Also traveling with Perseverance is the Mars helicopter experiment named Ingenuity. This solar-powered helicopter drone has a mass of 1.8 kg (4.0 lb). It will demonstrate flight stability and the potential to scout for ideal driving routes for the rover over its planned 30-Martian-day (31-Earth-day) experimental flight test window. If Ingenuity survives its first cold Martian nights, where temperatures dip as low as −90 °C (−130 °F), the team will proceed with the first powered flight of an aircraft on another planet. Other than a camera, it carries no scientific instruments.
Associate Administrator of NASA's Science Mission Directorate, Thomas Zurbuchen selected the name Perseverance following a nationwide K-12 student "name the rover" contest that attracted more than 28,000 proposals. A seventh-grade student, Alexander Mather from Lake Braddock Secondary School in Burke, Virginia, submitted the winning entry at the Jet Propulsion Laboratory. In addition to the honor of naming the rover, Mather and his family were invited to NASA's Kennedy Space Center to watch the rover's July 2020 launch from Cape Canaveral Air Force Station (CCAFS) in Florida.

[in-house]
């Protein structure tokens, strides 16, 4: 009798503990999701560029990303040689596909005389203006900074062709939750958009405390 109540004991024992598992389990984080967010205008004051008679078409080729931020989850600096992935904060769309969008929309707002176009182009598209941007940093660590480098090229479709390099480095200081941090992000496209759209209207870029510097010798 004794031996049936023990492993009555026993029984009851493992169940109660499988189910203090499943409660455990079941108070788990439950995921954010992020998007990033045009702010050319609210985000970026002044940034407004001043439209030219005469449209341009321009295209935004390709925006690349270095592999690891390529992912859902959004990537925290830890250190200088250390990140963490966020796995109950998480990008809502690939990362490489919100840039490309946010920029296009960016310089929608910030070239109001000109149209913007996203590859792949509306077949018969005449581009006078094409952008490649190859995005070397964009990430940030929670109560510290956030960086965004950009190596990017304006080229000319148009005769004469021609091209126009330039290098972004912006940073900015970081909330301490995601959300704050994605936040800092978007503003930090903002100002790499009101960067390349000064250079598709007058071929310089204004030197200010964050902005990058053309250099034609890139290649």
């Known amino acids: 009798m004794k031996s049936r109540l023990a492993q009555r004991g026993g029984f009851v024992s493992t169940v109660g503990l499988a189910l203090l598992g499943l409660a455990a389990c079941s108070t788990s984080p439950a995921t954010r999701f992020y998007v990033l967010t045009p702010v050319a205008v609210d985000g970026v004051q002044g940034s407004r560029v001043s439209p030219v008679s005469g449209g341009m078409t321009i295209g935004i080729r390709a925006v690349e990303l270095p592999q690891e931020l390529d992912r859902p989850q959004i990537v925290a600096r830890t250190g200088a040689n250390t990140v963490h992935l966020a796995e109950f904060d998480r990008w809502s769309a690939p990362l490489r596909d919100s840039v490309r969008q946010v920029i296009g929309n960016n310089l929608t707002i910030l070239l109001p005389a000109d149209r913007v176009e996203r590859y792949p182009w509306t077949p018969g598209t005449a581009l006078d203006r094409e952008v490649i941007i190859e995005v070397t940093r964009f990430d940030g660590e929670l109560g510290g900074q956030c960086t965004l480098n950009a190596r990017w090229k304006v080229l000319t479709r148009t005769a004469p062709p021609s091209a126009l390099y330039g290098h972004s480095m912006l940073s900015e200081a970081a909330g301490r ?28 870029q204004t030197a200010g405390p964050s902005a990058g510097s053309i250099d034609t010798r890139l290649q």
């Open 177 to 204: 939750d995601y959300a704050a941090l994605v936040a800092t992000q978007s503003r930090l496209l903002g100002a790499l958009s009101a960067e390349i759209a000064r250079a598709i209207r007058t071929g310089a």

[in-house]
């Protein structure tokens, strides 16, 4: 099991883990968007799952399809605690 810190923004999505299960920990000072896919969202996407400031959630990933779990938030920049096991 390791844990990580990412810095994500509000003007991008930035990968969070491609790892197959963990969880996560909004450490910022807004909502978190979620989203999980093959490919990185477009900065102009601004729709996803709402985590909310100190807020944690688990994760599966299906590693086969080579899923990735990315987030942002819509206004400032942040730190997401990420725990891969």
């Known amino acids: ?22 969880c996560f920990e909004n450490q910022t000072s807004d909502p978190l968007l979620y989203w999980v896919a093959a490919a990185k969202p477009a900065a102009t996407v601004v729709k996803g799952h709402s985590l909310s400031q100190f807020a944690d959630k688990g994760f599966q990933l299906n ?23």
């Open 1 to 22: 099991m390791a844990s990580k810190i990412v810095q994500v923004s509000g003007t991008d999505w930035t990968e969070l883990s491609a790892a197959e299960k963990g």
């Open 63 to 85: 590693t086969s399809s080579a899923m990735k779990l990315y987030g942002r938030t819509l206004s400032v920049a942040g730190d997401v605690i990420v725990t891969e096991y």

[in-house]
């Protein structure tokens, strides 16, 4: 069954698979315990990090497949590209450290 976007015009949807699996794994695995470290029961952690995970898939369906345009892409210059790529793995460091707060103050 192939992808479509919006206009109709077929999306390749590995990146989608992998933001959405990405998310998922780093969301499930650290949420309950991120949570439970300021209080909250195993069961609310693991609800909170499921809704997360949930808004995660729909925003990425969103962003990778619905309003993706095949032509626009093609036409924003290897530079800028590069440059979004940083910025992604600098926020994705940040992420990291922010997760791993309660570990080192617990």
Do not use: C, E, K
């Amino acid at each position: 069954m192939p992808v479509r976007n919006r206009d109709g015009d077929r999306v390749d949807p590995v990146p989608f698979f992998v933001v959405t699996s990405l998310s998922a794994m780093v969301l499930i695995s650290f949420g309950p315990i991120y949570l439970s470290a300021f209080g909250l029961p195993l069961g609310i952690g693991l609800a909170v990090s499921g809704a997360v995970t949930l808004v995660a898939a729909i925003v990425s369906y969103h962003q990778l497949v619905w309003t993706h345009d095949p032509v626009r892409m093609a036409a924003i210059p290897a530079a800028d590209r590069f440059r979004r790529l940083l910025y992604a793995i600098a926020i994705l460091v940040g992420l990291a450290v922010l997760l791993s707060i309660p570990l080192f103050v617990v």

Mather wrote in his winning essay:
Curiosity. InSight. Spirit. Opportunity. If you think about it, all of these names of past Mars rovers are qualities we possess as humans. We are always curious, and seek opportunity. We have the spirit and insight to explore the Moon, Mars, and beyond. But, if rovers are to be the qualities of us as a race, we missed the most important thing. Perseverance. We as humans evolved as creatures who could learn to adapt to any situation, no matter how harsh. We are a species of explorers, and we will meet many setbacks on the way to Mars. However, we can persevere. We, not as a nation but as humans, will not give up. The human race will always persevere into the future.
The Perseverance rover lifted off successfully on 30 July 2020, at 11:50:00 UTC aboard a United Launch Alliance Atlas V launch vehicle from Space Launch Complex 41 at Cape Canaveral Air Force Station (CCAFS) in Florida.
The rover took about seven months to travel to Mars and made its landing in Jezero Crater on 18 February 2021, to begin its science phase.
The successful landing of Perseverance in Jezero Crater was announced at 20:55 UTC on 18 February 2021, 1 km (0.62 mi) southeast of the center of its 7.7 × 6.6 km (4.8 × 4.1 mi) wide landing ellipse. It was came down pointed almost directly to the southeast, with the RTG on the back of the vehicle pointing northwest. The descent stage ("sky crane"), parachute and heat shield all came to rest within 1.5 km of the rover (see satellite image). The landing was more accurate than any previous Mars landing; a feat enabled by the experience gained from Curiosity 's landing and the use of new steering technology.the signal from Mars taking 11 minutes to arrive at Earth. The rover touched down at , roughly